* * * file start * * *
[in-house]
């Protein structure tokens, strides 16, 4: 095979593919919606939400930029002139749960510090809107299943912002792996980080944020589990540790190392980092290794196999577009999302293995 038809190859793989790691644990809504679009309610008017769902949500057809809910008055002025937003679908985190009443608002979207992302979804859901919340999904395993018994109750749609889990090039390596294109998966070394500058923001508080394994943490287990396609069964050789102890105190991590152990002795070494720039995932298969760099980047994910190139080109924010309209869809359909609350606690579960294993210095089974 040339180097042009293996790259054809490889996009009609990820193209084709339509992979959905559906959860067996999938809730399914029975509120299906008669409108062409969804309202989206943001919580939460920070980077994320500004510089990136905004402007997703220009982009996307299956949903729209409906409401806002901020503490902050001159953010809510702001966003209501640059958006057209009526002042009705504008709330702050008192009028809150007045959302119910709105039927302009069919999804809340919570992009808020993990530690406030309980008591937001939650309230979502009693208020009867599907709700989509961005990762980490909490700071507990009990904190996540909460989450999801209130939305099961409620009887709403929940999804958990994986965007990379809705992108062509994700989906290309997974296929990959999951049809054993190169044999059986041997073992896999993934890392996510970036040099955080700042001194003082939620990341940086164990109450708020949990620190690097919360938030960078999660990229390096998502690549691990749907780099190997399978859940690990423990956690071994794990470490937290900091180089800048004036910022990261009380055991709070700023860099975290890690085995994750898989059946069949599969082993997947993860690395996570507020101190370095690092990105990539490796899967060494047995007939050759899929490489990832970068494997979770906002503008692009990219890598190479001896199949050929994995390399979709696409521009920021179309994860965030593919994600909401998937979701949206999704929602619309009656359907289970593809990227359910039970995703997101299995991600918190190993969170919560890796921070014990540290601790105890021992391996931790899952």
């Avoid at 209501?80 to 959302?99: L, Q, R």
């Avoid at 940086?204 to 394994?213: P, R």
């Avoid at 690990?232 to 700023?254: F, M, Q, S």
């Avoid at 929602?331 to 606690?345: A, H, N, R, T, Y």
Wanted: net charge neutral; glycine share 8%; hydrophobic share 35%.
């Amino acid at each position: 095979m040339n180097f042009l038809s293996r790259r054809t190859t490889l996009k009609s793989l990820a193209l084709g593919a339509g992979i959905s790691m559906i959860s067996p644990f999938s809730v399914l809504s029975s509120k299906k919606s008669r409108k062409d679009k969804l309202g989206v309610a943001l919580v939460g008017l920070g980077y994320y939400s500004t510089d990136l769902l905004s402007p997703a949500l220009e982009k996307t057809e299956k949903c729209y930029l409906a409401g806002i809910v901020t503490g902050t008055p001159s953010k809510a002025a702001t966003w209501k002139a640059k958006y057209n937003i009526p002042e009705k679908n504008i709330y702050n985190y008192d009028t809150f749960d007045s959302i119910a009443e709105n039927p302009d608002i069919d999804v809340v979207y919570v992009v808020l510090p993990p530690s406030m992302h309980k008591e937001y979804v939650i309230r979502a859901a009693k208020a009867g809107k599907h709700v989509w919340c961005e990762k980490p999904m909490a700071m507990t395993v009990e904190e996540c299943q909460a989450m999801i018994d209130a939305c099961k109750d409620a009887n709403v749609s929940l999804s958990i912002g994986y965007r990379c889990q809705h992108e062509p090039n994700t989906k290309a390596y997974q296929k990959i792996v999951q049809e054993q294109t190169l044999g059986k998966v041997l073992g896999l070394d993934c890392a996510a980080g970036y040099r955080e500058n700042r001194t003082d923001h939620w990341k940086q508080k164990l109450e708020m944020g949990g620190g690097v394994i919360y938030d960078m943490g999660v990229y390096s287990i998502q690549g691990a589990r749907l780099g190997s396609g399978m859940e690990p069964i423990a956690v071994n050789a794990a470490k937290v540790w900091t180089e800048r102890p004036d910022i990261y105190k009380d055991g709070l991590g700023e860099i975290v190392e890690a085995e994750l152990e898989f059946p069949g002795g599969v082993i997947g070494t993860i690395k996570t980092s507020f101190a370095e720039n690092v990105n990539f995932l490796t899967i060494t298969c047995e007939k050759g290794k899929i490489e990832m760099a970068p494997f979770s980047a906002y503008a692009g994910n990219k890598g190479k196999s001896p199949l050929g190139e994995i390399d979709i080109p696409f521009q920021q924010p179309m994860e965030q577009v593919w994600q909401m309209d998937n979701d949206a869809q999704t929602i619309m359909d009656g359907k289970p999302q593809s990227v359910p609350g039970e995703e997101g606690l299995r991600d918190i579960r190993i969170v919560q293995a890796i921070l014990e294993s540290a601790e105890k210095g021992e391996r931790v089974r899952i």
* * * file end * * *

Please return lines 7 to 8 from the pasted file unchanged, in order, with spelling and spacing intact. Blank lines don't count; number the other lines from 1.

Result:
Wanted: net charge neutral; glycine share 8%; hydrophobic share 35%.
């Amino acid at each position: 095979m040339n180097f042009l038809s293996r790259r054809t190859t490889l996009k009609s793989l990820a193209l084709g593919a339509g992979i959905s790691m559906i959860s067996p644990f999938s809730v399914l809504s029975s509120k299906k919606s008669r409108k062409d679009k969804l309202g989206v309610a943001l919580v939460g008017l920070g980077y994320y939400s500004t510089d990136l769902l905004s402007p997703a949500l220009e982009k996307t057809e299956k949903c729209y930029l409906a409401g806002i809910v901020t503490g902050t008055p001159s953010k809510a002025a702001t966003w209501k002139a640059k958006y057209n937003i009526p002042e009705k679908n504008i709330y702050n985190y008192d009028t809150f749960d007045s959302i119910a009443e709105n039927p302009d608002i069919d999804v809340v979207y919570v992009v808020l510090p993990p530690s406030m992302h309980k008591e937001y979804v939650i309230r979502a859901a009693k208020a009867g809107k599907h709700v989509w919340c961005e990762k980490p999904m909490a700071m507990t395993v009990e904190e996540c299943q909460a989450m999801i018994d209130a939305c099961k109750d409620a009887n709403v749609s929940l999804s958990i912002g994986y965007r990379c889990q809705h992108e062509p090039n994700t989906k290309a390596y997974q296929k990959i792996v999951q049809e054993q294109t190169l044999g059986k998966v041997l073992g896999l070394d993934c890392a996510a980080g970036y040099r955080e500058n700042r001194t003082d923001h939620w990341k940086q508080k164990l109450e708020m944020g949990g620190g690097v394994i919360y938030d960078m943490g999660v990229y390096s287990i998502q690549g691990a589990r749907l780099g190997s396609g399978m859940e690990p069964i423990a956690v071994n050789a794990a470490k937290v540790w900091t180089e800048r102890p004036d910022i990261y105190k009380d055991g709070l991590g700023e860099i975290v190392e890690a085995e994750l152990e898989f059946p069949g002795g599969v082993i997947g070494t993860i690395k996570t980092s507020f101190a370095e720039n690092v990105n990539f995932l490796t899967i060494t298969c047995e007939k050759g290794k899929i490489e990832m760099a970068p494997f979770s980047a906002y503008a692009g994910n990219k890598g190479k196999s001896p199949l050929g190139e994995i390399d979709i080109p696409f521009q920021q924010p179309m994860e965030q577009v593919w994600q909401m309209d998937n979701d949206a869809q999704t929602i619309m359909d009656g359907k289970p999302q593809s990227v359910p609350g039970e995703e997101g606690l299995r991600d918190i579960r190993i969170v919560q293995a890796i921070l014990e294993s540290a601790e105890k210095g021992e391996r931790v089974r899952i």